There is a taco place I like to go to at The Greene in Dayton called Condado Tacos, and ayahuasca hallucinations obviously inspire the interior. Or is it hallucinations? Is it a reality? I think it’s reality personally, and I think when we talk about political elements, we have to understand that there is an influence from these places that run quantumly with our 4-dimensional existence. Remember, we mathematically know that our present universe supports 11 dimensions that are likely within our current reality. But, outside of our universe, there is a possibility of 26, and within each of those dimensions, likely lifeforms are interacting with us at all times. Our business is to understand these lifeforms, especially if they are interacting with us.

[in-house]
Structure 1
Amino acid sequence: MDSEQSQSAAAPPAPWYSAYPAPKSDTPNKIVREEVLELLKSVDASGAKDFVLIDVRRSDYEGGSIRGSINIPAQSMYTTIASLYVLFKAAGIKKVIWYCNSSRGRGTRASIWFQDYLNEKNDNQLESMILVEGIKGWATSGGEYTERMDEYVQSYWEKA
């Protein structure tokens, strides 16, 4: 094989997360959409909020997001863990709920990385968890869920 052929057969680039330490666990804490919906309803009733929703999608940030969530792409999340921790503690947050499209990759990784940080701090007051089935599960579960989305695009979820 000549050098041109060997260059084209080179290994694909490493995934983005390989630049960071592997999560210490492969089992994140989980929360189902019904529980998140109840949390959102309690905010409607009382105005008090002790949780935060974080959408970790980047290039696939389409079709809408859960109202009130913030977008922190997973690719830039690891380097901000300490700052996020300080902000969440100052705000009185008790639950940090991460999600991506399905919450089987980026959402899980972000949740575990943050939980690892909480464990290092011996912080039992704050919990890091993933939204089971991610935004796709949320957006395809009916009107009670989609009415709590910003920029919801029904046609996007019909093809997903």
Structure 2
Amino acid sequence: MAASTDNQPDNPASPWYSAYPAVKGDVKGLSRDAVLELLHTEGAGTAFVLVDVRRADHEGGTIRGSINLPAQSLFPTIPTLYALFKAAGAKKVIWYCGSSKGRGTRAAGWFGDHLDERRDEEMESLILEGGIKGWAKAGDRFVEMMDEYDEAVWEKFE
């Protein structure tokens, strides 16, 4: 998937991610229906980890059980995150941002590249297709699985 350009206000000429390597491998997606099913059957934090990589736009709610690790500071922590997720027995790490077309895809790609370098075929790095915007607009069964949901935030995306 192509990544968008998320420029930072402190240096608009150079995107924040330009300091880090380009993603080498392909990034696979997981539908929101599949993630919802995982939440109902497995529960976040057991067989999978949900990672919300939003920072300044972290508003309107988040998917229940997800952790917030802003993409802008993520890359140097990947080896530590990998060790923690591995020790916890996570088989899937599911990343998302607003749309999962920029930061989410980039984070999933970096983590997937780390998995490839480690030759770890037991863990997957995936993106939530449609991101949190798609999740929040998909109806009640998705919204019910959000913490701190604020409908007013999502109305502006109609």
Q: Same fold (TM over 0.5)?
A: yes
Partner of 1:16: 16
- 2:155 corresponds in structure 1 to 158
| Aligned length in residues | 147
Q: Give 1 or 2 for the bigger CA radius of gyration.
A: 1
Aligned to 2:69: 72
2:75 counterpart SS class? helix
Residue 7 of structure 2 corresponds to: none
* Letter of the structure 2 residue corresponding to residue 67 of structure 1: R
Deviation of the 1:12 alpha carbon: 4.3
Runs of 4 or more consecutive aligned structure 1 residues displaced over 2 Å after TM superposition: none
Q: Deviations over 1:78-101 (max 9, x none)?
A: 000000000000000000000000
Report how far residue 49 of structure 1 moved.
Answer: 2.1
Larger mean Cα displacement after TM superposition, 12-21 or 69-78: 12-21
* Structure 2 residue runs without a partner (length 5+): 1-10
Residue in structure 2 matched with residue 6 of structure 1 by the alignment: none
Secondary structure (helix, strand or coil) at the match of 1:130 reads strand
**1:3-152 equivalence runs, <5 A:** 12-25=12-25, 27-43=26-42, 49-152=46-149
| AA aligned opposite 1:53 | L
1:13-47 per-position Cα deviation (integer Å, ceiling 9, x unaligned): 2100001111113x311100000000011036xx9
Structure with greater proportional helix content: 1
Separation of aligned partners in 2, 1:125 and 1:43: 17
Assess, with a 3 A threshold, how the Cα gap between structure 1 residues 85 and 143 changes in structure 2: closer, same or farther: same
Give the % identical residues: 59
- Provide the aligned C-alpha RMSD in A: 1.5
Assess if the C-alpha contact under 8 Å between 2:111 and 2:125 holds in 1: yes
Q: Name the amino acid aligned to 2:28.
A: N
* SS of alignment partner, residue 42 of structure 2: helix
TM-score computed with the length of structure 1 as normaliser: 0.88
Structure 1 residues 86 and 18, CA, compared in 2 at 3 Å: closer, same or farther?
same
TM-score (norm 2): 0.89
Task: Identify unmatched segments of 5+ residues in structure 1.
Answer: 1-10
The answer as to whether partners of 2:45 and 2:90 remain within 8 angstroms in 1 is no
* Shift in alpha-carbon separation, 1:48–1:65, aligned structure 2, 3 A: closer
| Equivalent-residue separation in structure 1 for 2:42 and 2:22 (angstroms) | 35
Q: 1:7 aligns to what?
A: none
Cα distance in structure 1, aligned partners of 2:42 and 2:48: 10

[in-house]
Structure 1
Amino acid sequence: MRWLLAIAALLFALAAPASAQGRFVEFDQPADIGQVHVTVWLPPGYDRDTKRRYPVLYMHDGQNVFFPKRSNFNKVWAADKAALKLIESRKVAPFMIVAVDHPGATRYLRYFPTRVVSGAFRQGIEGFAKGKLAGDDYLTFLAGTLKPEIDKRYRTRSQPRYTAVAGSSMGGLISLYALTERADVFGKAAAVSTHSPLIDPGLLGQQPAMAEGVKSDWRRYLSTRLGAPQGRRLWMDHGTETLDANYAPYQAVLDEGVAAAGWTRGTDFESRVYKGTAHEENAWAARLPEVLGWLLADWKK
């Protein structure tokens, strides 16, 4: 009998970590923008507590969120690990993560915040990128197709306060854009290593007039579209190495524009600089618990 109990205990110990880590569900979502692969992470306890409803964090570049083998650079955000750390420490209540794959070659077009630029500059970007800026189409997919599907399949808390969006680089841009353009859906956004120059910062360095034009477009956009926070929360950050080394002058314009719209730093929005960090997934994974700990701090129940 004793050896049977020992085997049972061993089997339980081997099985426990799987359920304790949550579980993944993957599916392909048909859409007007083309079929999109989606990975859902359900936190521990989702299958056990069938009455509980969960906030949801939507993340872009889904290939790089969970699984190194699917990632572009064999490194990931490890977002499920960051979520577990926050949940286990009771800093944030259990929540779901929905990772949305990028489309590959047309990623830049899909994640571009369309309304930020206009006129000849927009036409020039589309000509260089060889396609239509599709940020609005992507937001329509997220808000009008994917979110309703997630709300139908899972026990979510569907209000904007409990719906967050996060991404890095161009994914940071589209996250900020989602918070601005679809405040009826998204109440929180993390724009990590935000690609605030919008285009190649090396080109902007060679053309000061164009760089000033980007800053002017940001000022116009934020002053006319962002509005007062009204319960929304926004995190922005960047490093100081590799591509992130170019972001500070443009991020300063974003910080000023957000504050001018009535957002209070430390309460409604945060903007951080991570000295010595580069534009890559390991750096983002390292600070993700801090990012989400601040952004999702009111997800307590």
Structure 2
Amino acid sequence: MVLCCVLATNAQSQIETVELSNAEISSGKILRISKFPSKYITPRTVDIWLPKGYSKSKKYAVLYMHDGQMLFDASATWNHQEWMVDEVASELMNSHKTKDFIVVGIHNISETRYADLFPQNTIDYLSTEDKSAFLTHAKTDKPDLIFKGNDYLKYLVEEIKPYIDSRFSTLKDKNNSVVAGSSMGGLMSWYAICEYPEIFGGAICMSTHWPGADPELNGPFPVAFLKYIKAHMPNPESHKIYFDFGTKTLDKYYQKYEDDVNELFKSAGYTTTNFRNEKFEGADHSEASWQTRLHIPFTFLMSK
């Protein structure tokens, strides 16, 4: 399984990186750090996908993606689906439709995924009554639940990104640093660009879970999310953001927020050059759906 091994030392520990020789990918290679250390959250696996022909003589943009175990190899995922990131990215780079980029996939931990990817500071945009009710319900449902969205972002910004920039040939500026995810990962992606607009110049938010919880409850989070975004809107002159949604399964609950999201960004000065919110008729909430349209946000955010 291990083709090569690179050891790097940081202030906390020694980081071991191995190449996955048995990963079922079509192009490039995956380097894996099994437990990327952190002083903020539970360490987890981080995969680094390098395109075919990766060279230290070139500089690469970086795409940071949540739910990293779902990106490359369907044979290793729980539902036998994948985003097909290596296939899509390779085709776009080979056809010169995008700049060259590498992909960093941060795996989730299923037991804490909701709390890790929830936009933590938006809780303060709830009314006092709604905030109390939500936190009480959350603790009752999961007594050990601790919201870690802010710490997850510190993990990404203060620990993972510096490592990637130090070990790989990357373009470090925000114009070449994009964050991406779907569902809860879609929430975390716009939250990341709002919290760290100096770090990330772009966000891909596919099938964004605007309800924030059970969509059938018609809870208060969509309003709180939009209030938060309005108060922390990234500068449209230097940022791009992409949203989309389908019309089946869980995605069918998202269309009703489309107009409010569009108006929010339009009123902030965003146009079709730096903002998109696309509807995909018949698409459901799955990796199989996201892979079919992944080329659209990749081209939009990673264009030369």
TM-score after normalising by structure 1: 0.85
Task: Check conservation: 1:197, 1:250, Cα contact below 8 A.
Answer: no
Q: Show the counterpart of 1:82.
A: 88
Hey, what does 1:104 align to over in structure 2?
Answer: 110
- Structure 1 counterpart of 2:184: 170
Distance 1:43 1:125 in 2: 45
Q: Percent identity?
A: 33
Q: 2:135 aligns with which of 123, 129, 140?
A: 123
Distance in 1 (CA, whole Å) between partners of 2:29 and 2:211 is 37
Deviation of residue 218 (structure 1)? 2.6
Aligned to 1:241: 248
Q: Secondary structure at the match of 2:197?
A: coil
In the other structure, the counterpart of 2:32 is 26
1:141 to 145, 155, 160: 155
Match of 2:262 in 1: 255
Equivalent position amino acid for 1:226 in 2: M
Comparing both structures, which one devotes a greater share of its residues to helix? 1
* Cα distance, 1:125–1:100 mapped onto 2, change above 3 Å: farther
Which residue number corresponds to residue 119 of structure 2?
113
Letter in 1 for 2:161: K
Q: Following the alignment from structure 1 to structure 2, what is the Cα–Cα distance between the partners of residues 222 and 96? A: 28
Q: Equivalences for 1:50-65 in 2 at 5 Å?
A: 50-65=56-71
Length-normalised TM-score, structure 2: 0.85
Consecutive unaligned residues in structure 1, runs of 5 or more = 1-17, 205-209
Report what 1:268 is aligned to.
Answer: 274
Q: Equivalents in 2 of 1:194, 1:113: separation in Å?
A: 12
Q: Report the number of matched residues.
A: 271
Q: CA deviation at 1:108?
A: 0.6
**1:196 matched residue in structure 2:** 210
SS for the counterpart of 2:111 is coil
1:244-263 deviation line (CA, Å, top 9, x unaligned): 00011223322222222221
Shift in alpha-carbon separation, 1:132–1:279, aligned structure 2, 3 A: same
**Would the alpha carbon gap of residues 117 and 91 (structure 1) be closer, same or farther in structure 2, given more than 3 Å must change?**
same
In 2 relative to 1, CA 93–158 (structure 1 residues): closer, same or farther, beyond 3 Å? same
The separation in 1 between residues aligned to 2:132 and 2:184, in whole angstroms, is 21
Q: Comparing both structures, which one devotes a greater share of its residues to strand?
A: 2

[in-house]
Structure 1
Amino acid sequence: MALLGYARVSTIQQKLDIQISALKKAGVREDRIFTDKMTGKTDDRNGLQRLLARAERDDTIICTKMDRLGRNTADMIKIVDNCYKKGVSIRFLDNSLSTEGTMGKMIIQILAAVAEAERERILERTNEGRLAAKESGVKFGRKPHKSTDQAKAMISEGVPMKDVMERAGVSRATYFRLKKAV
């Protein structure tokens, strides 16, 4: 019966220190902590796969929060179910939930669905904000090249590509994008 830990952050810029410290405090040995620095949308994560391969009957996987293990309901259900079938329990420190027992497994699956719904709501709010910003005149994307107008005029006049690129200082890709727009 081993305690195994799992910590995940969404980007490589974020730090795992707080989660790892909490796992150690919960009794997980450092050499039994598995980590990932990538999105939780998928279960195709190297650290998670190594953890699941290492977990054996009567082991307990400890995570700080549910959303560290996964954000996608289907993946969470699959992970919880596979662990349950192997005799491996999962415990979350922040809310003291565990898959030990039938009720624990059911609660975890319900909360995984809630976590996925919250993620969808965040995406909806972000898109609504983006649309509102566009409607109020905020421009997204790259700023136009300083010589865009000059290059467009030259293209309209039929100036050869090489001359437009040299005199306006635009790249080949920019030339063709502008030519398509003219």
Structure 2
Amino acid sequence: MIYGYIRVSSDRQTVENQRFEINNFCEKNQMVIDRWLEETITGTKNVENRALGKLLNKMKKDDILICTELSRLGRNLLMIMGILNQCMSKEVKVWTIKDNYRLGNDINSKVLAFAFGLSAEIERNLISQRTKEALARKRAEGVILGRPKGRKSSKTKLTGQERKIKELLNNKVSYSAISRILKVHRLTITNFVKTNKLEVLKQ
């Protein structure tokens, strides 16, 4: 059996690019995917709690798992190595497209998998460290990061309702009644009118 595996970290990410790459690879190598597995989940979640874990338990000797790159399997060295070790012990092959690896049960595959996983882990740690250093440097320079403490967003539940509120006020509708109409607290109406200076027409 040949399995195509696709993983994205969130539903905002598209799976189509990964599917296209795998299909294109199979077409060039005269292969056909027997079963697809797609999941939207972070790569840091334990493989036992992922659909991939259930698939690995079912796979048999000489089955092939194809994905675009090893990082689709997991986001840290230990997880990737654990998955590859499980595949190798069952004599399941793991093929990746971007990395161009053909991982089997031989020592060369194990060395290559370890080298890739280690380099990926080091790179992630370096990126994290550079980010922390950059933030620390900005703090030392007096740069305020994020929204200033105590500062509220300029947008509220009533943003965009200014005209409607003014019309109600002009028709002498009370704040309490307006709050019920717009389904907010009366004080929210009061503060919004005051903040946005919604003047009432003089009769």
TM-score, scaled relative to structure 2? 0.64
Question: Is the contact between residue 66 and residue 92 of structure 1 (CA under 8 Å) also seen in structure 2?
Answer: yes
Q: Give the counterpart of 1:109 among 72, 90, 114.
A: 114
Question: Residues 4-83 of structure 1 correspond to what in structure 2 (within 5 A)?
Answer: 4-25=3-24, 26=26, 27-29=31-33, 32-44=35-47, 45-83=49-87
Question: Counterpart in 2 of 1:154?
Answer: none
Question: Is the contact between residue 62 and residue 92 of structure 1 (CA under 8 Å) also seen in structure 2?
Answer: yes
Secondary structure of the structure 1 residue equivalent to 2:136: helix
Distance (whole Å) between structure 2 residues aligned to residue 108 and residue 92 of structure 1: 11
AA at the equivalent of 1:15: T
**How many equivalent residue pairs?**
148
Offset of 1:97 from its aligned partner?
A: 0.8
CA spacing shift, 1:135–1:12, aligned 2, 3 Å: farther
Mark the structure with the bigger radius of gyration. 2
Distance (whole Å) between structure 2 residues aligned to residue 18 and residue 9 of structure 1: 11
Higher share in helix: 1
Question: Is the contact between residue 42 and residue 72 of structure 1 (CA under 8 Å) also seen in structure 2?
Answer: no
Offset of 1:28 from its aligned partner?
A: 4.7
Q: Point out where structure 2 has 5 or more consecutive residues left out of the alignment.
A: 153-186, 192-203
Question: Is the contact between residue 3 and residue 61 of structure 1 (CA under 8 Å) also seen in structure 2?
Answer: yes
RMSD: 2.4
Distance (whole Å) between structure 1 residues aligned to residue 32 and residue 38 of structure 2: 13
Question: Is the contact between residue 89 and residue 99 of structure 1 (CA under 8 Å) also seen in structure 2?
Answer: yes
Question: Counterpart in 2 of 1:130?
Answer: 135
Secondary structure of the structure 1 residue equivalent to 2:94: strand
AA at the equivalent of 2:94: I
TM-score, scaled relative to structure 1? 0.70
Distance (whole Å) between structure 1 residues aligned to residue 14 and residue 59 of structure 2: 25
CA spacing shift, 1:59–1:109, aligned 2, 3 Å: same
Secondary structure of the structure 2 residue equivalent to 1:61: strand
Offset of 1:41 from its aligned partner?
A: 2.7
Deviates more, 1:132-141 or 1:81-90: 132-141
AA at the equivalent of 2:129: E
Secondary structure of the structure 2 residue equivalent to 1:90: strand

We may not have the eyes and ears to hear them, but our minds certainly do, even if remotely. And that’s not a very fair fight if they have an easier time at communicating than we do, and they take advantage of that aspect often to push the world where we may not want it to go. We might say it’s the will of the spirit world, but what if it’s a maleficent demon who wants to destroy the world and everyone in it. Do you really want to listen to it? Perhaps this is the kind of influence that has brought so much great evil into the world. Or, maybe this is where all the good is, and that the purpose of life is to build a great soul to travel in these realms as an individual instead of just a collection of cosmic dust, and that the act of creation is what matters, of life being a creative process that gives birth to a human soul that then sheds the body for this afterlife. And that the afterlife is just another life that is depicted on those walls at Condado’s in Dayton. I think perhaps so. But regardless, a great book like Visionary is a rare treat, and a journey I was happy to take, and one of the best birthday presents I have ever given to myself. Time and the content to think about that truly has meaning.